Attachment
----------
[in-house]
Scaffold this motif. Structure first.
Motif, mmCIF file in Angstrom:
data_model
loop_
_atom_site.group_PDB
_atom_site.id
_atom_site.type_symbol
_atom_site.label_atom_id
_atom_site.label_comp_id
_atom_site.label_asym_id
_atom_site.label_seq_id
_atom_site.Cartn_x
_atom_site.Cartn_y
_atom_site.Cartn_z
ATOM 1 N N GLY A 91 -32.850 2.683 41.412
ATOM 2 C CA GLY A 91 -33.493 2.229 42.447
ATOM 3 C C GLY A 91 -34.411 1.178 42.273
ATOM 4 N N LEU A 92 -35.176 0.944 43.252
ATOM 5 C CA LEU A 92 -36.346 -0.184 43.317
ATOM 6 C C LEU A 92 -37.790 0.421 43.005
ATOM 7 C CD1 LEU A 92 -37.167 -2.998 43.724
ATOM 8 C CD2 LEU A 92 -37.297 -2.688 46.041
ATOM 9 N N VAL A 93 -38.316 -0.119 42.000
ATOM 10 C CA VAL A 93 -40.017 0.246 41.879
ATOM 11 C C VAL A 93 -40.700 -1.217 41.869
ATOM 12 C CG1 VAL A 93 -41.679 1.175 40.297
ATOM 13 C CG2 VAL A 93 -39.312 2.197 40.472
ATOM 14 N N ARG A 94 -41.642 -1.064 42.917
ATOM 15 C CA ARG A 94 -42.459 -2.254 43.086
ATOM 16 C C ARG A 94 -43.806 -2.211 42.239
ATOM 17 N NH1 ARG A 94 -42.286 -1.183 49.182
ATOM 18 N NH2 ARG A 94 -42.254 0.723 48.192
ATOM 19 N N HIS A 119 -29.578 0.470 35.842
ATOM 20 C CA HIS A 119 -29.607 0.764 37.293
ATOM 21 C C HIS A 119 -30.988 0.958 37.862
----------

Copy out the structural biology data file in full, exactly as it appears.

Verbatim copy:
[in-house]
Scaffold this motif. Structure first.
Motif, mmCIF file in Angstrom:
data_model
loop_
_atom_site.group_PDB
_atom_site.id
_atom_site.type_symbol
_atom_site.label_atom_id
_atom_site.label_comp_id
_atom_site.label_asym_id
_atom_site.label_seq_id
_atom_site.Cartn_x
_atom_site.Cartn_y
_atom_site.Cartn_z
ATOM 1 N N GLY A 91 -32.850 2.683 41.412
ATOM 2 C CA GLY A 91 -33.493 2.229 42.447
ATOM 3 C C GLY A 91 -34.411 1.178 42.273
ATOM 4 N N LEU A 92 -35.176 0.944 43.252
ATOM 5 C CA LEU A 92 -36.346 -0.184 43.317
ATOM 6 C C LEU A 92 -37.790 0.421 43.005
ATOM 7 C CD1 LEU A 92 -37.167 -2.998 43.724
ATOM 8 C CD2 LEU A 92 -37.297 -2.688 46.041
ATOM 9 N N VAL A 93 -38.316 -0.119 42.000
ATOM 10 C CA VAL A 93 -40.017 0.246 41.879
ATOM 11 C C VAL A 93 -40.700 -1.217 41.869
ATOM 12 C CG1 VAL A 93 -41.679 1.175 40.297
ATOM 13 C CG2 VAL A 93 -39.312 2.197 40.472
ATOM 14 N N ARG A 94 -41.642 -1.064 42.917
ATOM 15 C CA ARG A 94 -42.459 -2.254 43.086
ATOM 16 C C ARG A 94 -43.806 -2.211 42.239
ATOM 17 N NH1 ARG A 94 -42.286 -1.183 49.182
ATOM 18 N NH2 ARG A 94 -42.254 0.723 48.192
ATOM 19 N N HIS A 119 -29.578 0.470 35.842
ATOM 20 C CA HIS A 119 -29.607 0.764 37.293
ATOM 21 C C HIS A 119 -30.988 0.958 37.862